Precisely one month ago, on 11 July 2009, the last active area of the new solar cycle disappeared from the surface of the Sun. Over the 30 days following this, neither observers on Earth nor devices in space have been able to detect the emergence of any sunspots. Due to the fact that the Sun has completed a full rotation around its axis during this period, it is possible to conclude that not only are there no sunspots on the side facing Earth, but that there are no sunspots on the entire surface of the Sun. Therefore, it seems that our star has once again returned to a state of deep solar "winter", following several sparks of activity in May-June 2009. Today (12 August) marks the start of the second month of this solar inactivity.
Sunspots are not active formations in themselves but are, on the contrary, areas of lower temperature and luminosity. However, precisely these sunspots are considered the most reliable indicator of global solar activity. The reason for this is connected with their physical formation: sunspots form exclusively in areas with a strong magnetic field or, more precisely, at the base of gigantic magnetic tubes emerging from deep within the Sun as the solar cycle develops. Furthermore, the Sun's magnetic fields are impossible to measure without using special apparatus, whereas sunspots can be seen by anyone through an ordinary optical instrument with a filter to protect the eyes. Large sunspots can even be seen with the naked eye.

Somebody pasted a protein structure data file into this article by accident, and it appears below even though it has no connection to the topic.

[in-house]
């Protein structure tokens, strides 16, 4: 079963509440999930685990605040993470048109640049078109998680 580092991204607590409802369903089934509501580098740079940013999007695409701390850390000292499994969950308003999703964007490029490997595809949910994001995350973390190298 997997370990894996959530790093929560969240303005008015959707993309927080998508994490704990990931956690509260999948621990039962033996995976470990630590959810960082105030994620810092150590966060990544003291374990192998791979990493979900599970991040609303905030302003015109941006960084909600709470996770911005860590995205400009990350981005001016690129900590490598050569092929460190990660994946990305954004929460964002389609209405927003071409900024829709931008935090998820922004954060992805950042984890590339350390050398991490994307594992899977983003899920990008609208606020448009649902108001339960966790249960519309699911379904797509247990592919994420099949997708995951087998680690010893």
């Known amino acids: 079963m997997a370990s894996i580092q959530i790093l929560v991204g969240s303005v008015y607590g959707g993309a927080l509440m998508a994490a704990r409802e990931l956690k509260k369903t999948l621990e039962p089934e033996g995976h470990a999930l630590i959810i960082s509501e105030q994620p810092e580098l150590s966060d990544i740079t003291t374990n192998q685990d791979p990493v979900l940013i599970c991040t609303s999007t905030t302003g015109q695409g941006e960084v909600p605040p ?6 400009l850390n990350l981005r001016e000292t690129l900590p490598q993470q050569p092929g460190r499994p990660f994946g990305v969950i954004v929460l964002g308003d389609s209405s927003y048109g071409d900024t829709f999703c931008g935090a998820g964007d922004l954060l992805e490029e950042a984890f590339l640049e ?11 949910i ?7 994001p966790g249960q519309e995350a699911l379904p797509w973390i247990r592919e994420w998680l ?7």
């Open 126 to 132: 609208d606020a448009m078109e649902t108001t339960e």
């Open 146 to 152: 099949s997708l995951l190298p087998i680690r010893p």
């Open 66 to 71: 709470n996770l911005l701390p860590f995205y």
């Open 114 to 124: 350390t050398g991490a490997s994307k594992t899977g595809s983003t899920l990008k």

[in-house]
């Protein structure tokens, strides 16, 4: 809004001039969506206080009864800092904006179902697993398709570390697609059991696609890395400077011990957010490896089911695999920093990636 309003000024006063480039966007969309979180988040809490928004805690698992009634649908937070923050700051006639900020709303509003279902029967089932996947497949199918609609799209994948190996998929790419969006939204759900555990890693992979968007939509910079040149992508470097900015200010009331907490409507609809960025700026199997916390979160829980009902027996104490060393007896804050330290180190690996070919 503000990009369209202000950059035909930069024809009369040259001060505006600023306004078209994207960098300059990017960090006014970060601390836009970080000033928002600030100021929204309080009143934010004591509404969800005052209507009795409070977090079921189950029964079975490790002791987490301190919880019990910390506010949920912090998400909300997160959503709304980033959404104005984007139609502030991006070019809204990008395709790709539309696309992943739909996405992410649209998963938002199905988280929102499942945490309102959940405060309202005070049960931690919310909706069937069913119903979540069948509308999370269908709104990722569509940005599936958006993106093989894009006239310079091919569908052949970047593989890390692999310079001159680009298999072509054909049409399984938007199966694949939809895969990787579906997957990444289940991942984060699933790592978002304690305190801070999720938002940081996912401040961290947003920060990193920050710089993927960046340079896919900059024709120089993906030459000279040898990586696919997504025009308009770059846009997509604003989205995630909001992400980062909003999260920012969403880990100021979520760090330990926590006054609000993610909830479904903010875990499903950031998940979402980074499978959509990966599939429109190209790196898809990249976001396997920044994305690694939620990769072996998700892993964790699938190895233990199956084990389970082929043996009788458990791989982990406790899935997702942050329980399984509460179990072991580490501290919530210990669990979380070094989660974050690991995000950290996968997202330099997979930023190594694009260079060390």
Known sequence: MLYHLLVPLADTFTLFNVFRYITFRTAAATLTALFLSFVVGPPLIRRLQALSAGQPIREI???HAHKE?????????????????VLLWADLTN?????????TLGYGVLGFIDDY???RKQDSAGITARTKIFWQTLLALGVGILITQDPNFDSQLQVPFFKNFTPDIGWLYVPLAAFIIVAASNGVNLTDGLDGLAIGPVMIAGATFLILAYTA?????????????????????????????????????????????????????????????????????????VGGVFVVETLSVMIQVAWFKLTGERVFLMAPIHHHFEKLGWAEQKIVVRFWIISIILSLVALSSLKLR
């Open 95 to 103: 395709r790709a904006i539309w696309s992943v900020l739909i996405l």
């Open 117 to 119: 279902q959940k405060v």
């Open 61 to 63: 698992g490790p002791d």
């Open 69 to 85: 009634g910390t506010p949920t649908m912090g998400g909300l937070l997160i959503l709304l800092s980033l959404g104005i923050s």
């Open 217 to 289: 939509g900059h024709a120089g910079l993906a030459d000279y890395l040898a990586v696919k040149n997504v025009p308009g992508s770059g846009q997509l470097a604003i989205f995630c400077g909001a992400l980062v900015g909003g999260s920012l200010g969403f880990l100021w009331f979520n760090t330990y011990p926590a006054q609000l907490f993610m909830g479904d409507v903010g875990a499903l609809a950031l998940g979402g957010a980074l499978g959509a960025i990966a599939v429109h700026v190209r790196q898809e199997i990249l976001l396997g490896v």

Due to their ease of observation, counting numbers of sunspots is the main method of measuring the level of solar activity. This method has been used uninterruptedly for around 260 years and yields the longest-standing series of daily astronomical observations. The data gathered over this period allows us to make conclusions not only about current solar activity, but also regarding the universal laws of solar activity in general. In this way the most fundamental law in modern solar physics was discovered: cyclical changes in solar activity over periods of 11 years. In all, over a 260 year period of uninterrupted observation mankind has witnessed 23 cycles. At the present time the Sun is at its solar minimum before the start of its next cycle, which will be its 24th.
The current solar minimum is one of the "deepest" ever seen over the entire 260 year observation period and a total of 3 prolonged periods with no sunspot formation have been observed. The longest of which was observed from 21 July until 10 September, 2008 (50 days). In second place is the period from 8 March until 20 April of this year which lasted 42 days. The third period of solar inactivity is unfolding now before our very eyes - starting from 12 July, 2009. To date, this period has lasted 30 days. If no sunspots appear before 2 September then the current period of inactivity will become the longest in this solar minimum and will be recording-breaking in duration.
According to data from the TESIS observatory in orbit around the Earth, at the present time there are no signs of new active areas forming on the surface of the Sun.